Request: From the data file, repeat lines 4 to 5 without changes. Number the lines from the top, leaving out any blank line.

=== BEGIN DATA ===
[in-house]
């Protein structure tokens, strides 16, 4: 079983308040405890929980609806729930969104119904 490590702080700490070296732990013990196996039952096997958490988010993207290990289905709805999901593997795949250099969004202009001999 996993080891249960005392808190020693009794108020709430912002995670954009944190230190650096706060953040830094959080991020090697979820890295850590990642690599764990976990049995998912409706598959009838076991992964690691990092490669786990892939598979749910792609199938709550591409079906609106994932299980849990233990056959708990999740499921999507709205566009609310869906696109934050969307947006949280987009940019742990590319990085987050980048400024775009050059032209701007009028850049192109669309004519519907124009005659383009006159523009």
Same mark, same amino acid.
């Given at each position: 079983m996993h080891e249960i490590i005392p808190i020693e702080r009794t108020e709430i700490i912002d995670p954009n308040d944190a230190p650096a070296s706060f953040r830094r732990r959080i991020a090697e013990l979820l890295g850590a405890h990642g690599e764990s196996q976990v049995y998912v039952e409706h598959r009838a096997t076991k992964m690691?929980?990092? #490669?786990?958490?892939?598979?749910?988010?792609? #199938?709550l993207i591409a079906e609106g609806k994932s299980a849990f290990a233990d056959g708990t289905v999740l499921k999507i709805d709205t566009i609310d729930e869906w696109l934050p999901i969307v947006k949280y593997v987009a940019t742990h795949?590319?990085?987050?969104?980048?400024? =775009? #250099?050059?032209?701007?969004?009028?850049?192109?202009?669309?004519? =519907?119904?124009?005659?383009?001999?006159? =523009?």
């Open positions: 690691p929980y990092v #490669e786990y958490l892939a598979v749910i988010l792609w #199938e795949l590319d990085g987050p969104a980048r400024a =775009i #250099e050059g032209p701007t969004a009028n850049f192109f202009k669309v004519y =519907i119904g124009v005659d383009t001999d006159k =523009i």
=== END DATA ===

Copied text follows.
């Given at each position: 079983m996993h080891e249960i490590i005392p808190i020693e702080r009794t108020e709430i700490i912002d995670p954009n308040d944190a230190p650096a070296s706060f953040r830094r732990r959080i991020a090697e013990l979820l890295g850590a405890h990642g690599e764990s196996q976990v049995y998912v039952e409706h598959r009838a096997t076991k992964m690691?929980?990092? #490669?786990?958490?892939?598979?749910?988010?792609? #199938?709550l993207i591409a079906e609106g609806k994932s299980a849990f290990a233990d056959g708990t289905v999740l499921k999507i709805d709205t566009i609310d729930e869906w696109l934050p999901i969307v947006k949280y593997v987009a940019t742990h795949?590319?990085?987050?969104?980048?400024? =775009? #250099?050059?032209?701007?969004?009028?850049?192109?202009?669309?004519? =519907?119904?124009?005659?383009?001999?006159? =523009?």
């Open positions: 690691p929980y990092v #490669e786990y958490l892939a598979v749910i988010l792609w #199938e795949l590319d990085g987050p969104a980048r400024a =775009i #250099e050059g032209p701007t969004a009028n850049f192109f202009k669309v004519y =519907i119904g124009v005659d383009t001999d006159k =523009i």